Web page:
One evening early last June (2001), I was making my way through the 30 or so web sites of animal shelters in the greater LA area. I had looked at probably
over 100 photos when I found what I was looking for . . . and hoping I wouldn’t. Smiling into the camera was #A393489 a “terrier male, 5 months old”
that could well be a Kerry. It turned out to be the face that launched a thousand adoption applications!
him as a Kerry mix, possibly a Kerry. Arrangements were made for his neutering and adoption, and Pat Goglia picked him up, had him evaluated by Dr.
Dana Bliefer, D.V.M., and provided foster care.
At 23 lbs. and barely 18 inches tall, Hopkins was small for a male Kerry. His long coat was soft and silky with a loose wave, and he had dew claws and
an undocked tail. We hedged our bets and referred to him as a Kerry mix. Yet his personality was all Kerry–affectionate, playful, happy as a lark,
and smart. Ho boy, was he smart. By Pat’s own admission, Hopkins was smarter than any of his 3 Kerries and then some. He promptly figured out how to
squeeze through a locked gate, how to steal shoes and socks, and how to disappear at bedtime when the dreaded crate door opened. He also knew how to
“hop” away when the doggie games got too hot–games he himself instigated. In short, Hopkins was a loveable scamp.
As he blossomed under Pat’s care, I undertook the job of finding Hopkins a home. The adoption questionnaires began pouring in. I was flooded with phone
calls and email requests for more information. And nearly everyone commented on his photo posted on the Kerry web site. This little boy’s smile was
endearing himself to people from coast to coast. Yet none of the homes was the best it could be, and the search continued.
In the meantime, Pat was getting increasingly attached to the little fellow, so I fostered for several weeks. During that time, a surprising thing happened.
The more I groomed on Hopkins, the more convinced I became that he was, in fact, a purebred Kerry. I consulted with a number of Kerry people, and they
concurred. Hopkins was maturing into a full-blooded Kerry! Meanwhile, a family for him remained elusive. It wasn’t until the end of August, after he’d
logged 4 flights in a private plane and I’d collected 150 emails in my Hopkins folder, did the perfect home appear. Jack & Vicki Strelioff and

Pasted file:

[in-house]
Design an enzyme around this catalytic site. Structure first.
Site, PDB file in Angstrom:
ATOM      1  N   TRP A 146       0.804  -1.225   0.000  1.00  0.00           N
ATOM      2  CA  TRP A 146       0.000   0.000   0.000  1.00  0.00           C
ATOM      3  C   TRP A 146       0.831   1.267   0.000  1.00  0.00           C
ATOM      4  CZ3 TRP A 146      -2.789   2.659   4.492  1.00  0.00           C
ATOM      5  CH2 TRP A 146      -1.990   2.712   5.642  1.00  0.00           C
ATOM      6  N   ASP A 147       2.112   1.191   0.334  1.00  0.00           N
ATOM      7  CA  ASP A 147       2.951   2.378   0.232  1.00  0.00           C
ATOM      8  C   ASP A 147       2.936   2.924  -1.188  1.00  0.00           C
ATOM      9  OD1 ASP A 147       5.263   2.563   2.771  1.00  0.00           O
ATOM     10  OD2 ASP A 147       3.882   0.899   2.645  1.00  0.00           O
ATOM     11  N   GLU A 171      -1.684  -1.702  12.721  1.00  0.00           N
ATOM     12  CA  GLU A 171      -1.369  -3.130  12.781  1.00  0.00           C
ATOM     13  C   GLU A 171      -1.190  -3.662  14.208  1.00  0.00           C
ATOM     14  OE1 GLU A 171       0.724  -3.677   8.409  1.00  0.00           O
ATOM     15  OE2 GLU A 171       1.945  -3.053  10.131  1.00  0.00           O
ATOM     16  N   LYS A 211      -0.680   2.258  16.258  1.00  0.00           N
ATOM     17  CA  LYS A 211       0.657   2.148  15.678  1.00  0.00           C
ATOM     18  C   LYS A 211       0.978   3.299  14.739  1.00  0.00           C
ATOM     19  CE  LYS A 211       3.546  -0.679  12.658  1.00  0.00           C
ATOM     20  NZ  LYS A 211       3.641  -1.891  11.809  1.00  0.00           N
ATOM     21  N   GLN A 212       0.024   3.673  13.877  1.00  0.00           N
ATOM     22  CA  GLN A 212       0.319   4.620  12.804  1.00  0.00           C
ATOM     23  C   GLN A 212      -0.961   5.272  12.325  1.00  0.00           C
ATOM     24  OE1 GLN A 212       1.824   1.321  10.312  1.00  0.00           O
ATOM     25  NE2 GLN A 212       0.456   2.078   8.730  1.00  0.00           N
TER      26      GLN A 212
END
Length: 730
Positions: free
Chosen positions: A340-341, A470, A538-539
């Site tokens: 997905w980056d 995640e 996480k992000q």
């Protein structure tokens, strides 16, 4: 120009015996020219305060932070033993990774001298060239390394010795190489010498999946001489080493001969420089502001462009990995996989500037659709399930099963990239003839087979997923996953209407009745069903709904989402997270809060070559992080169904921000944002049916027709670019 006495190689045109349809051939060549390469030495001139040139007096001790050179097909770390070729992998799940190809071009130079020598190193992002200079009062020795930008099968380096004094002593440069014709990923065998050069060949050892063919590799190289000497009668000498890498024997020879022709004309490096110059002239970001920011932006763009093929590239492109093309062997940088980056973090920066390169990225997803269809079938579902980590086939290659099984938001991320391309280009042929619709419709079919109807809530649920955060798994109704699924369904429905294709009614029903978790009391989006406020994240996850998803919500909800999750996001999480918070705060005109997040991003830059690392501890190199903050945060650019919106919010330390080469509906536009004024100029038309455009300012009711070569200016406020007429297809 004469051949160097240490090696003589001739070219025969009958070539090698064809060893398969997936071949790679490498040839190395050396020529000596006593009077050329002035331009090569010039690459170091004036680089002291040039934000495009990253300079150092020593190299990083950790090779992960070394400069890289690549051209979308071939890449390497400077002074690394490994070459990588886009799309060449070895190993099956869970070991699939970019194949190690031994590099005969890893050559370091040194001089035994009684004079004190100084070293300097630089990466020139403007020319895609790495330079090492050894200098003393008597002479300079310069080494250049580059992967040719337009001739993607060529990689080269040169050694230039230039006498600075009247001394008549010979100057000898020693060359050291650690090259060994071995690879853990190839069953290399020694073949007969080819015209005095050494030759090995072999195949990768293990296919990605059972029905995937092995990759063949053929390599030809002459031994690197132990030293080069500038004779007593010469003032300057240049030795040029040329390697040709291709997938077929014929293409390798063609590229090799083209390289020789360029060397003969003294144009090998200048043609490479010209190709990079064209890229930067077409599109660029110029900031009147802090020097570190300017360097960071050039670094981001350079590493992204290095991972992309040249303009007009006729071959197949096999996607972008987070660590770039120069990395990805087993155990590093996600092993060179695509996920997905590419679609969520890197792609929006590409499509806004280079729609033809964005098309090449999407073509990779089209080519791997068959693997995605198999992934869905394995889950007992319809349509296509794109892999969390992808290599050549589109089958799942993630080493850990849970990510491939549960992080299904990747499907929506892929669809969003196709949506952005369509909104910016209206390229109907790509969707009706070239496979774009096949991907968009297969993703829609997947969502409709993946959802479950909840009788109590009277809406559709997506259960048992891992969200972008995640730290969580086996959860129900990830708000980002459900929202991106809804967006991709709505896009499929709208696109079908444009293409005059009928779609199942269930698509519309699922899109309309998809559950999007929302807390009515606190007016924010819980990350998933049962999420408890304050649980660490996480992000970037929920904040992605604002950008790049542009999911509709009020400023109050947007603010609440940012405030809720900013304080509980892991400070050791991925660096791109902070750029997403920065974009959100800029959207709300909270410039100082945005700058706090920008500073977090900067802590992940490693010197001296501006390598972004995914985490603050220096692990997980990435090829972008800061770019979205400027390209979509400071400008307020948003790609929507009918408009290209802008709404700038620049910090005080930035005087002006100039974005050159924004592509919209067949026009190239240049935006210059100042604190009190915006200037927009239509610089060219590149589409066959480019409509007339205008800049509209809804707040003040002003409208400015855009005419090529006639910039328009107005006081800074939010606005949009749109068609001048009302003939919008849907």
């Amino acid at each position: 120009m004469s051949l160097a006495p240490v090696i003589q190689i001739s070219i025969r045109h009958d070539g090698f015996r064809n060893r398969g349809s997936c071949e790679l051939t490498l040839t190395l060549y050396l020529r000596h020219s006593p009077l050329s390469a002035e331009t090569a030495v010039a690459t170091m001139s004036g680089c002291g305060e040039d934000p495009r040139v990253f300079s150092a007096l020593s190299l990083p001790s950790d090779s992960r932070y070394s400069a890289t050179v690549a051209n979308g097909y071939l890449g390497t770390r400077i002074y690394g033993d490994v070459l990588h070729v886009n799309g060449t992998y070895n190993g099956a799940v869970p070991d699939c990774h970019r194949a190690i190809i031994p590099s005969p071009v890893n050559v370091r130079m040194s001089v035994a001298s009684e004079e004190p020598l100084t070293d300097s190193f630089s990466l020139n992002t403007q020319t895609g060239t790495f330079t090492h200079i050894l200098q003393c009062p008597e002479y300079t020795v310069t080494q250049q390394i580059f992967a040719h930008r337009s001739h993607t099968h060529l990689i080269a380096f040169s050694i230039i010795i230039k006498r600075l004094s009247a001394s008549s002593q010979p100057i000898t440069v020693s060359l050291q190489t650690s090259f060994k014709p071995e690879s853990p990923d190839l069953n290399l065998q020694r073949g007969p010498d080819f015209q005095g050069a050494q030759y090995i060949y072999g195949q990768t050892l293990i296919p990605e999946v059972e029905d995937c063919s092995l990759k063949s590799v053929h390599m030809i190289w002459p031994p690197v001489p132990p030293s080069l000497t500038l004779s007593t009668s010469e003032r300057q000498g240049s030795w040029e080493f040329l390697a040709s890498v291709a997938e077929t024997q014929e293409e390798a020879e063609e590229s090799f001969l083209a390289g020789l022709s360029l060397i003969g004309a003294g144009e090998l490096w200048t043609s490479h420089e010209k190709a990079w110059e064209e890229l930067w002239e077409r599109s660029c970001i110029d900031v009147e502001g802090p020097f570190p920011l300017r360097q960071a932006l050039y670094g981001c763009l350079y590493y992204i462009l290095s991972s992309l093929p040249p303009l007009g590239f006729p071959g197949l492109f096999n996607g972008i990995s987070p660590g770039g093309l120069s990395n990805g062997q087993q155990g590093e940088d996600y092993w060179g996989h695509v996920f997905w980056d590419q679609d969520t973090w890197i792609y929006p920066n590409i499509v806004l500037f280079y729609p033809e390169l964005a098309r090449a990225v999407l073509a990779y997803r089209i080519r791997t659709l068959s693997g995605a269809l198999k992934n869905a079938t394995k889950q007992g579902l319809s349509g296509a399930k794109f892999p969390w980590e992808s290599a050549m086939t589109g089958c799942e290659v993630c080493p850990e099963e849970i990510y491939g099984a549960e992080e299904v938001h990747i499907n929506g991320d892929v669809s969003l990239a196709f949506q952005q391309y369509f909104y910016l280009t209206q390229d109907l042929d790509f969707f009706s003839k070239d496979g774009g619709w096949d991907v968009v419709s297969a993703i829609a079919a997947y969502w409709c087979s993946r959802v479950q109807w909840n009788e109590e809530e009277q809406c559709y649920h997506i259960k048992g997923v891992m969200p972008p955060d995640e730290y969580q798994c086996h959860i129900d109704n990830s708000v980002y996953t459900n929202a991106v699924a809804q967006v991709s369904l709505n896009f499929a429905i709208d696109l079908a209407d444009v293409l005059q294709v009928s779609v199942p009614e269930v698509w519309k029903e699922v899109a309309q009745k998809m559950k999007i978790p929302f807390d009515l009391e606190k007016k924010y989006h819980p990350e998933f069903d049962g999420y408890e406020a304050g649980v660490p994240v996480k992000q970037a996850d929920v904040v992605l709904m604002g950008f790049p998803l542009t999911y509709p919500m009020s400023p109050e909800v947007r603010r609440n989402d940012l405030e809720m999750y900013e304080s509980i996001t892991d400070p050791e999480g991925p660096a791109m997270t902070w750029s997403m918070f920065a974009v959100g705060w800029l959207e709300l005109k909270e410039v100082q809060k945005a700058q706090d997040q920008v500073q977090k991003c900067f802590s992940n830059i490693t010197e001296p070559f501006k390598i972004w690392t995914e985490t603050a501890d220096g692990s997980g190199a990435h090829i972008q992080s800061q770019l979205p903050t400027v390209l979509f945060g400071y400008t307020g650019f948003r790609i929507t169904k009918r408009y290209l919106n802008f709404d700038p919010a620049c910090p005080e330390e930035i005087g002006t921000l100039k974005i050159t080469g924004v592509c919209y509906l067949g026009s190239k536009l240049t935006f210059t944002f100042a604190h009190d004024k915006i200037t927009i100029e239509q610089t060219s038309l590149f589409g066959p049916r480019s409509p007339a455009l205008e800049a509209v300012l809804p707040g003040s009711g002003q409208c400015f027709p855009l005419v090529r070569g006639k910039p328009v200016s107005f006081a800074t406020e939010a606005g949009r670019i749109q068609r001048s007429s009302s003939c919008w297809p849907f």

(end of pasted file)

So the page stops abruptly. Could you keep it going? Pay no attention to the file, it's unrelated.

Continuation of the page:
their 13-year-old daughter Jessica were looking for a family do–one to accompany Jack on his early morning hikes, one for Vicki to dote on, and one
for Jessica to play with, train, groom, share with friends, and fall in love with. That was Hopkins. And although I screened homes from LA to Monterey
to San Rafael, his ideal home was just a 5-minute walk from Pat’s house!
Today, Hopkins is 10 months old, has gained over 10 lbs., and stands about 19 inches tall. He is enrolled in his first basic obedience class (and behaving
himself), tears around the local dog park (his “Disneyland”), and is beloved by not only his family, but their friends and neighbors, and the people
Jack meets through his home business. This dog has quite an extended family!
I’d like to thank Ron Hewlett for his time and willingness to help Rescue, and for his sharp eye in recognizing a Kerry in “sheepdog’s clothing,” and to
Pat Goglia, whose house and heart are always big enough for just one more. I’d also like to thank Hopkins’ namesake, Hoppy (and Janet!) Hopkins of
Green Valley, AZ, whose generous donations to our Rescue Fund make rescues like this possible. And of course, I want to thank the Strelioffs for providing
such a loving home for this little boy, and for keeping him smiling.
March 2004 Update
Hopkins is the Kerry featured in the top left corner of the Rescue section of the web site.
September 10, 2014
Here’s a 13th anniversary photo of Hopkins from this morning.
Hopkins is happy, healthy, stubborn, playful, loving and always loving.
What a wonderful friend…!!! Our family loves him dearly.
Strelioff family, Jessica, Vickie & Jack